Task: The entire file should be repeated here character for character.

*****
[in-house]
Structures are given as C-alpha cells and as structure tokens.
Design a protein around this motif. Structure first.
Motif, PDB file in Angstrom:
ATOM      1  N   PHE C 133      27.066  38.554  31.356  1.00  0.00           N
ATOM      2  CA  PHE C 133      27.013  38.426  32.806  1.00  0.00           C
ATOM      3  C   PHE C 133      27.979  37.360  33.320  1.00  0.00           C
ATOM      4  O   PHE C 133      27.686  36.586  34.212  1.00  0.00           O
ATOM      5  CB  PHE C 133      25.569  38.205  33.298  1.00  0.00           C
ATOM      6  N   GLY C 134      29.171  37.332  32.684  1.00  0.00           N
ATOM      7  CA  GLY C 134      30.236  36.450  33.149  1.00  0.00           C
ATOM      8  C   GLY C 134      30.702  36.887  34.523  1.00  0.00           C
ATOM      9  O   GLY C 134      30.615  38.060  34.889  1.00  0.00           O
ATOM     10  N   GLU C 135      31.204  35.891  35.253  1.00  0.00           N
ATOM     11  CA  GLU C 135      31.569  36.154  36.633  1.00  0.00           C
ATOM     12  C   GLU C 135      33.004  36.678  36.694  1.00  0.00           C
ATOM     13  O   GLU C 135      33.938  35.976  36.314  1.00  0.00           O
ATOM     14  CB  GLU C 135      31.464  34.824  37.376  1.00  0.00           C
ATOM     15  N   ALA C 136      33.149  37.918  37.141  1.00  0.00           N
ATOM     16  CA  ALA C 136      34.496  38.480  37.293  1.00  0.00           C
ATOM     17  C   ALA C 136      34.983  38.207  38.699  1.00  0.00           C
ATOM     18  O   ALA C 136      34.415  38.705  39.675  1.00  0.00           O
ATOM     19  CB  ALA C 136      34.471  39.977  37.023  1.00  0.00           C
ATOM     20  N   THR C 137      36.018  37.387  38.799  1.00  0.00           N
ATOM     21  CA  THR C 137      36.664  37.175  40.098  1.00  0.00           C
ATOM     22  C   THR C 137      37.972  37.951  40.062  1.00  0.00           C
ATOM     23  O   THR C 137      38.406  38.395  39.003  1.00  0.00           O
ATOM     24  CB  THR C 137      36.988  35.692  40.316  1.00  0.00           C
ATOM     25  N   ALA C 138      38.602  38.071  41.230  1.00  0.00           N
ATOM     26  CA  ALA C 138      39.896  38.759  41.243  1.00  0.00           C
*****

[in-house]
Structures are given as C-alpha cells and as structure tokens.
Design a protein around this motif. Structure first.
Motif, PDB file in Angstrom:
ATOM      1  N   PHE C 133      27.066  38.554  31.356  1.00  0.00           N
ATOM      2  CA  PHE C 133      27.013  38.426  32.806  1.00  0.00           C
ATOM      3  C   PHE C 133      27.979  37.360  33.320  1.00  0.00           C
ATOM      4  O   PHE C 133      27.686  36.586  34.212  1.00  0.00           O
ATOM      5  CB  PHE C 133      25.569  38.205  33.298  1.00  0.00           C
ATOM      6  N   GLY C 134      29.171  37.332  32.684  1.00  0.00           N
ATOM      7  CA  GLY C 134      30.236  36.450  33.149  1.00  0.00           C
ATOM      8  C   GLY C 134      30.702  36.887  34.523  1.00  0.00           C
ATOM      9  O   GLY C 134      30.615  38.060  34.889  1.00  0.00           O
ATOM     10  N   GLU C 135      31.204  35.891  35.253  1.00  0.00           N
ATOM     11  CA  GLU C 135      31.569  36.154  36.633  1.00  0.00           C
ATOM     12  C   GLU C 135      33.004  36.678  36.694  1.00  0.00           C
ATOM     13  O   GLU C 135      33.938  35.976  36.314  1.00  0.00           O
ATOM     14  CB  GLU C 135      31.464  34.824  37.376  1.00  0.00           C
ATOM     15  N   ALA C 136      33.149  37.918  37.141  1.00  0.00           N
ATOM     16  CA  ALA C 136      34.496  38.480  37.293  1.00  0.00           C
ATOM     17  C   ALA C 136      34.983  38.207  38.699  1.00  0.00           C
ATOM     18  O   ALA C 136      34.415  38.705  39.675  1.00  0.00           O
ATOM     19  CB  ALA C 136      34.471  39.977  37.023  1.00  0.00           C
ATOM     20  N   THR C 137      36.018  37.387  38.799  1.00  0.00           N
ATOM     21  CA  THR C 137      36.664  37.175  40.098  1.00  0.00           C
ATOM     22  C   THR C 137      37.972  37.951  40.062  1.00  0.00           C
ATOM     23  O   THR C 137      38.406  38.395  39.003  1.00  0.00           O
ATOM     24  CB  THR C 137      36.988  35.692  40.316  1.00  0.00           C
ATOM     25  N   ALA C 138      38.602  38.071  41.230  1.00  0.00           N
ATOM     26  CA  ALA C 138      39.896  38.759  41.243  1.00  0.00           C